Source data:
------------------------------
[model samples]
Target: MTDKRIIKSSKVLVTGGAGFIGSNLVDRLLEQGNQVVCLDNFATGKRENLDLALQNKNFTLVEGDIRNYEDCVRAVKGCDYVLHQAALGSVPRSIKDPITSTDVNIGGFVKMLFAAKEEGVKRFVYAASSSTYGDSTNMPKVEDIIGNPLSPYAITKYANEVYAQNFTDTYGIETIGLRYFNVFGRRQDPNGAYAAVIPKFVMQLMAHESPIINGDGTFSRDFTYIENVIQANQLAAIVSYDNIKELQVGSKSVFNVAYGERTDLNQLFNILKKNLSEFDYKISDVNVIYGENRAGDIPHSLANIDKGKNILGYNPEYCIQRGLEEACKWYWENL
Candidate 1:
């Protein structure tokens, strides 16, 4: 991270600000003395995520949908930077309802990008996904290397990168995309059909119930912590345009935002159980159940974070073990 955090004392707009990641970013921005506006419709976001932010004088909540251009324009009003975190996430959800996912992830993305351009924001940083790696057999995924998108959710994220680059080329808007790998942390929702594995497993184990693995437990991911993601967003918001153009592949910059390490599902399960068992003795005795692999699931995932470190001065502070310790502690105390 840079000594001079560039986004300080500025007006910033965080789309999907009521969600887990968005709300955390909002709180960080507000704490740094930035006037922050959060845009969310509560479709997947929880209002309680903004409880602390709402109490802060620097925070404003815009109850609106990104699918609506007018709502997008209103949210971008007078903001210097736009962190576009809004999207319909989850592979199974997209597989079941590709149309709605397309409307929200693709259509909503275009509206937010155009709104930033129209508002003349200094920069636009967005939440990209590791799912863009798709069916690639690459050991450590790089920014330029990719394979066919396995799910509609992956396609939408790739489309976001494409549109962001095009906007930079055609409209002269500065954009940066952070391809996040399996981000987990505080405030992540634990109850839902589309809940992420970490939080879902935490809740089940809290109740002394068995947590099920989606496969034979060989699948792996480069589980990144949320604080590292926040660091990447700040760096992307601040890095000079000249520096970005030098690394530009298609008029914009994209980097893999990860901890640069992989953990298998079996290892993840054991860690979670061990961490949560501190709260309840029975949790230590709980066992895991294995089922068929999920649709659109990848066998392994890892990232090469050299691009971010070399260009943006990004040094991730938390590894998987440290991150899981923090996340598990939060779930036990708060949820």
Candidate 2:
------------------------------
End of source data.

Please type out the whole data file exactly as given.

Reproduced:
[model samples]
Target: MTDKRIIKSSKVLVTGGAGFIGSNLVDRLLEQGNQVVCLDNFATGKRENLDLALQNKNFTLVEGDIRNYEDCVRAVKGCDYVLHQAALGSVPRSIKDPITSTDVNIGGFVKMLFAAKEEGVKRFVYAASSSTYGDSTNMPKVEDIIGNPLSPYAITKYANEVYAQNFTDTYGIETIGLRYFNVFGRRQDPNGAYAAVIPKFVMQLMAHESPIINGDGTFSRDFTYIENVIQANQLAAIVSYDNIKELQVGSKSVFNVAYGERTDLNQLFNILKKNLSEFDYKISDVNVIYGENRAGDIPHSLANIDKGKNILGYNPEYCIQRGLEEACKWYWENL
Candidate 1:
């Protein structure tokens, strides 16, 4: 991270600000003395995520949908930077309802990008996904290397990168995309059909119930912590345009935002159980159940974070073990 955090004392707009990641970013921005506006419709976001932010004088909540251009324009009003975190996430959800996912992830993305351009924001940083790696057999995924998108959710994220680059080329808007790998942390929702594995497993184990693995437990991911993601967003918001153009592949910059390490599902399960068992003795005795692999699931995932470190001065502070310790502690105390 840079000594001079560039986004300080500025007006910033965080789309999907009521969600887990968005709300955390909002709180960080507000704490740094930035006037922050959060845009969310509560479709997947929880209002309680903004409880602390709402109490802060620097925070404003815009109850609106990104699918609506007018709502997008209103949210971008007078903001210097736009962190576009809004999207319909989850592979199974997209597989079941590709149309709605397309409307929200693709259509909503275009509206937010155009709104930033129209508002003349200094920069636009967005939440990209590791799912863009798709069916690639690459050991450590790089920014330029990719394979066919396995799910509609992956396609939408790739489309976001494409549109962001095009906007930079055609409209002269500065954009940066952070391809996040399996981000987990505080405030992540634990109850839902589309809940992420970490939080879902935490809740089940809290109740002394068995947590099920989606496969034979060989699948792996480069589980990144949320604080590292926040660091990447700040760096992307601040890095000079000249520096970005030098690394530009298609008029914009994209980097893999990860901890640069992989953990298998079996290892993840054991860690979670061990961490949560501190709260309840029975949790230590709980066992895991294995089922068929999920649709659109990848066998392994890892990232090469050299691009971010070399260009943006990004040094991730938390590894998987440290991150899981923090996340598990939060779930036990708060949820």
Candidate 2: